Well, I would like to think that I am usually pretty prepared for trips, but apparently I somewhat dropped the ball on this one. This was a totally open day, and we decided to go down to the Financial District to see Wall Street, the World Trade Center, and the Brooklyn Bridge. Well, that's all well and good, but apparently the World Trade Center memorial is not yet fully completed and you still need tickets to see a preview of it. So we didn't get in there. Oh well.
We did get to see Trinity Church, a very old church that lies between Wall Street and the trade center area. Wall Street is very cramped, but you can still get a view of the New York Stock Exchange facade. They aren't doing tours for the public at the moment, and the security seems pretty tight. I'm glad we decided to do this on a weekend so that we weren't in the way of people who were actually doing, you know, work.
We stopped for some omelettes and hash browns, then headed to the start of the Brooklyn Bridge!
I would count the bridge on my favorite architecture of Manhattan if it were actually on Manhattan, but those beautiful arches are in the middle of the East River. We walked out about halfway, fighting tourists and gawkers the whole way.
It was interesting to see the island of Manhattan from a short distance away. I got a shot of the Chrysler and Empire State buildings, but they were pretty tiny from my vantage point. From the middle of the bridge, you can also get a nice shot of the Statue of Liberty in the harbor.
When we returned to Manhattan, we walked up through the Financial District and up into other neighborhoods. I saw the court houses, both county and federal. I bet all the law firms are lurking somewhere nearby.
Chinatown is just a short jump from there, as you can see from this photo with downtown in the background.
Chinatown was intense but cool - we saw lots of crazy fish and dried roots for sale, including about a dozen types of ginger. We also walked through Little Italy, although it was pretty disappointing. No restaurant looked particularly authentic, especially the one with the Asian woman in a space suit as hostess. (Seriously, what is that about?) There was a ravioli shop that had been around since 1924, but we weren't hungry.
From there, we headed west toward SoHo. I had heard that it was fun to browse the little shops there, and we were not disappointed. I bought some tea from Harney & Sons, as well as some stationery from a cute shop.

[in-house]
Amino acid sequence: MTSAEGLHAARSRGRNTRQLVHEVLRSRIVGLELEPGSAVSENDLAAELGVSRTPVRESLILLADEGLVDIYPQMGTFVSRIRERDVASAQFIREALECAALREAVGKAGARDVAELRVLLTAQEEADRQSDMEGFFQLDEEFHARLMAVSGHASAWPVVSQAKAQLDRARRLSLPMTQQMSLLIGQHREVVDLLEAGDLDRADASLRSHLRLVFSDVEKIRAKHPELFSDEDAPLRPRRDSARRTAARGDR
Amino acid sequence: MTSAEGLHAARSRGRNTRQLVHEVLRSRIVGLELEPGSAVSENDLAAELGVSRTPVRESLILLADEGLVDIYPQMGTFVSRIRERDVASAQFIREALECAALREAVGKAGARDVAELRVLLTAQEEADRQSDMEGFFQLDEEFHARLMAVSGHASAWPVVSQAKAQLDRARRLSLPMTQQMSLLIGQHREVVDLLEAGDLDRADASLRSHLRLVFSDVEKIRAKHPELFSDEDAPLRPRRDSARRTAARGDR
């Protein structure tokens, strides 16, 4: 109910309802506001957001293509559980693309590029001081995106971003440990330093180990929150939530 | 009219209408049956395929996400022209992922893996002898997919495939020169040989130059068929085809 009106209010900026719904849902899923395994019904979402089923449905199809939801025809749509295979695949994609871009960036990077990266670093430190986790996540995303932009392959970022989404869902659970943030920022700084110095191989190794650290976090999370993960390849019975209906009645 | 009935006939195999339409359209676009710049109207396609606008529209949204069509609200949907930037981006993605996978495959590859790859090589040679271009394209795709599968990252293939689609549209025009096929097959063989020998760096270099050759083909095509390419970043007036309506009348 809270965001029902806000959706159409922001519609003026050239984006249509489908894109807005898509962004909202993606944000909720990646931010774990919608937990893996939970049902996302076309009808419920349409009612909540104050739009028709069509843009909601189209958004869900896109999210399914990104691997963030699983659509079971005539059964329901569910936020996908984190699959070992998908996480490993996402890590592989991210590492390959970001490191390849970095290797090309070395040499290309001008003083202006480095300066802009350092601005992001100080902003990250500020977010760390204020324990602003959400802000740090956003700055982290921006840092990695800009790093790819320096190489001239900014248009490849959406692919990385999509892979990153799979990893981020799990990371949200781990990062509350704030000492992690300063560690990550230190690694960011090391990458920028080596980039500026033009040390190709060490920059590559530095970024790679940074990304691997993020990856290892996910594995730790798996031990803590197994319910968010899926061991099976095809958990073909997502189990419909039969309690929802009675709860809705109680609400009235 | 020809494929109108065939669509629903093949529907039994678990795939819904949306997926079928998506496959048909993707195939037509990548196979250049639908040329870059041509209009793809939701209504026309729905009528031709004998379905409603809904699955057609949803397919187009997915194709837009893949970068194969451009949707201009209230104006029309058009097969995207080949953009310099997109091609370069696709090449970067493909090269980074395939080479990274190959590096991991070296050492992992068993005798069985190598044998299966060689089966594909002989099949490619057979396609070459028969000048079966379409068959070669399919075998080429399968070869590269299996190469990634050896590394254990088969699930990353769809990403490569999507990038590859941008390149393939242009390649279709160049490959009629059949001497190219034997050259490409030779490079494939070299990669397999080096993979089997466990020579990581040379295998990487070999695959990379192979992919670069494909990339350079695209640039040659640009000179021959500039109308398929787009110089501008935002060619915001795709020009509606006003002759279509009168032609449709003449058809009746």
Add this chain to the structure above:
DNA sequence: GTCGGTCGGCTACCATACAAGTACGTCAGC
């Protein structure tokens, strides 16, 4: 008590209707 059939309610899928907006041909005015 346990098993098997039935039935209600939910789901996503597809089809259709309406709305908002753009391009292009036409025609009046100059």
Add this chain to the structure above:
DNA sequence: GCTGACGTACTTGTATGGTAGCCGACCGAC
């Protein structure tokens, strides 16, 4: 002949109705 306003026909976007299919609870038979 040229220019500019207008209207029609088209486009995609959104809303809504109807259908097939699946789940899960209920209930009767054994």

Then it was up to the Flatiron District for, you guessed it, the Flatiron Building. I love this building, and not just because it was designed by a Chicago architect. The building overlooks Madison Square Park, which is host to the original Shake Shack. The line was too foreboding to brave, particularly since we had decided to try to fit in the Museum of Modern Art before it closed for the day.
We did indeed make it to the museum, which was Dave's favorite so far. I actually didn't know that the museum housed Van Gogh's Starry Night AND Picasso's Les Demoiselles d'Avignon AND Dali's The Persistence of Memory. Wow.
We walked up to the Upper West Side for dinner at Gray's Papaya, which sold us some tasty hot dogs indeed. We each had a hot dog and a half and shared a papaya drink. Afterward, we stopped at the Dead Poet, a pub where Dave got some delicious beer. New York is not really a beer town. Dave got a Dead Poet IPA and I got an Ommegang Witte. We also shared some nachos, and keep in mind that we had just eaten three hot dogs between us. I'm beginning to think that we didn't nearly walk off the calories we consumed.
We walked through the park to get back to our place, but apparently we still had not consumed enough calories for the day, because we also split a chocolate shake at the Upper East Side Shake Shack. It was good though. We also made a stop at Dean & Deluca, although we didn't eat any of it immediately. This shop is like my mother ship. We got chocolate bars, fruit jelly candy, and coffee. Dave would have bought a spicy gourmet ketchup if we could have gotten it back on the plane, and I would have gotten some quail eggs or truffles if I could reasonably have afforded them. Hmm, I wonder if there is a Dean & Deluca in Chicago...